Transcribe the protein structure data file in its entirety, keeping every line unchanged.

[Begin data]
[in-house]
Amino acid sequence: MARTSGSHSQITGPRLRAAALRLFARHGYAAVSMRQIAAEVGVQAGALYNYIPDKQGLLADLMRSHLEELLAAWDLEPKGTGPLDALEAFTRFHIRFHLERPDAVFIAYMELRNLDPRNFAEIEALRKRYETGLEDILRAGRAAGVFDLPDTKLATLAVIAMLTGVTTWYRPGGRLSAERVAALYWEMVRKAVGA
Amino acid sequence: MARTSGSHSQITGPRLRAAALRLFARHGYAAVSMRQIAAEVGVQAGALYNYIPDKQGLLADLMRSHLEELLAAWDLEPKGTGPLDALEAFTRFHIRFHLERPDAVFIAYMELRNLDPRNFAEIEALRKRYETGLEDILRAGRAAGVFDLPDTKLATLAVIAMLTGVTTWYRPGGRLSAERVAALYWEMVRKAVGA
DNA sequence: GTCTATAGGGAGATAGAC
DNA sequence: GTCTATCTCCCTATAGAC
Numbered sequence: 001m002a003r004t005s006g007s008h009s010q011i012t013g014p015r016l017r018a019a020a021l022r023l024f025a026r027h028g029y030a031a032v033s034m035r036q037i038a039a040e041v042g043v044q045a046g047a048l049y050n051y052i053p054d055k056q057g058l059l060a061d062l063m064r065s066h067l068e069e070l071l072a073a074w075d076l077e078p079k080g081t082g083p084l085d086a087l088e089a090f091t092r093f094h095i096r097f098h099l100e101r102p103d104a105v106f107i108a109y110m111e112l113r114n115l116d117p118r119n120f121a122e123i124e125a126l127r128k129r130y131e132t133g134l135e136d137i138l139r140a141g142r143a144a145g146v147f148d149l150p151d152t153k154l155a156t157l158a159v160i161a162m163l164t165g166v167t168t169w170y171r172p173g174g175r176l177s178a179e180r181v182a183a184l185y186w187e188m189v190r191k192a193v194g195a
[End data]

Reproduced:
[in-house]
Amino acid sequence: MARTSGSHSQITGPRLRAAALRLFARHGYAAVSMRQIAAEVGVQAGALYNYIPDKQGLLADLMRSHLEELLAAWDLEPKGTGPLDALEAFTRFHIRFHLERPDAVFIAYMELRNLDPRNFAEIEALRKRYETGLEDILRAGRAAGVFDLPDTKLATLAVIAMLTGVTTWYRPGGRLSAERVAALYWEMVRKAVGA
Amino acid sequence: MARTSGSHSQITGPRLRAAALRLFARHGYAAVSMRQIAAEVGVQAGALYNYIPDKQGLLADLMRSHLEELLAAWDLEPKGTGPLDALEAFTRFHIRFHLERPDAVFIAYMELRNLDPRNFAEIEALRKRYETGLEDILRAGRAAGVFDLPDTKLATLAVIAMLTGVTTWYRPGGRLSAERVAALYWEMVRKAVGA
DNA sequence: GTCTATAGGGAGATAGAC
DNA sequence: GTCTATCTCCCTATAGAC
Numbered sequence: 001m002a003r004t005s006g007s008h009s010q011i012t013g014p015r016l017r018a019a020a021l022r023l024f025a026r027h028g029y030a031a032v033s034m035r036q037i038a039a040e041v042g043v044q045a046g047a048l049y050n051y052i053p054d055k056q057g058l059l060a061d062l063m064r065s066h067l068e069e070l071l072a073a074w075d076l077e078p079k080g081t082g083p084l085d086a087l088e089a090f091t092r093f094h095i096r097f098h099l100e101r102p103d104a105v106f107i108a109y110m111e112l113r114n115l116d117p118r119n120f121a122e123i124e125a126l127r128k129r130y131e132t133g134l135e136d137i138l139r140a141g142r143a144a145g146v147f148d149l150p151d152t153k154l155a156t157l158a159v160i161a162m163l164t165g166v167t168t169w170y171r172p173g174g175r176l177s178a179e180r181v182a183a184l185y186w187e188m189v190r191k192a193v194g195a